September 23, 2013

Investigative Report Highlights Pattern Of Selling Access In Clinton World

A new investigative story in The New Republic by Alex MacGillis focuses on Douglas Band, the top aide to former President Bill Clinton during his post-presidency, and the cozy and often conflicted relationships between clients of his firm Teneo Consulting, and the Clintons’ charitable network. BuzzFeed’s Ben Smith notes, “At its core is the charge … that the former president did specific favors for big donors … opens what’s likely to be an intense line of inquiry for reporters leading to 2016, and puts his finger on why: How the ‘messier aspects’ of the charity’ could get in the way of Hillary Clinton’s ambitions.” From the piece:

Doug has always been reasonably commercial, let’s just say,’ says his former White House colleague. ‘He was a gatekeeper who charged tolls.’ And questions were surfacing about some of the people getting through the gate. …

For corporations, attaching Clinton’s brand to their social investments offered a major p.r. boost. As further incentive, they could hope for a kind word from Clinton the next time they landed in a sticky spot. …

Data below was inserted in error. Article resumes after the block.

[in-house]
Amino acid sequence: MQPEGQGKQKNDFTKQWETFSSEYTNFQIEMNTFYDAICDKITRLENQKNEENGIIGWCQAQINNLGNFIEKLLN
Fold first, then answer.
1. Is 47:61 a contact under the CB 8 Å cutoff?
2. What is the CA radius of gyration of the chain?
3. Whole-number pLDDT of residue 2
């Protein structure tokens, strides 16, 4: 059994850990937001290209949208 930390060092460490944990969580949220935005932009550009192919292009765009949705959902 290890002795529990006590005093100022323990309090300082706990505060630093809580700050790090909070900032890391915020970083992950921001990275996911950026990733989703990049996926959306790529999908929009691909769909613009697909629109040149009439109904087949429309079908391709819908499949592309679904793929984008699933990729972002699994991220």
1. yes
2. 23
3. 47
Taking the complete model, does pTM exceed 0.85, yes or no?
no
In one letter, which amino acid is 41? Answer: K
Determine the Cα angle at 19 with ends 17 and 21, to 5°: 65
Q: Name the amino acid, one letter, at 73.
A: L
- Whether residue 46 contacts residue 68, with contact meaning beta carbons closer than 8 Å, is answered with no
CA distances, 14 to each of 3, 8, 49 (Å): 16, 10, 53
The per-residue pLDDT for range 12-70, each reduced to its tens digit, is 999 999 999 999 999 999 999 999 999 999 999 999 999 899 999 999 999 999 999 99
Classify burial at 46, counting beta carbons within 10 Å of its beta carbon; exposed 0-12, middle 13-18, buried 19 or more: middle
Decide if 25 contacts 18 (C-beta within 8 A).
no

Coca-Cola or Dow or whoever would come to the president,’ explains a former White House colleague of Band’s, ‘and say, ‘We need your help on this.’’ Negotiating these relationships, and the trade-offs they required, could involve some gray areas. But for that, Clinton had Band. …

 

What is striking is the extent to which Teneo’s business model depends on his relationship with Clinton. …

Band’s former White House colleague says Teneo is essentially a p.r. firm that is able to charge above-market rates because it persuades executives that Band and the ties he brings are an essential service. ‘If they were paying $25,000 or $40,000 a month for p.r., then $100,000 a month, from the eyes of the CEO, … it’s not going to crush him,’ says the former colleague. (According to The New York Times, Teneo’s monthly fees can be as high as $250,000.) …

The longtime Clinton associate says that Band’s pitch to clients was that he was ‘able to fly around [with Clinton] and decide who flies around with him. … The whole thing is resting on his access.’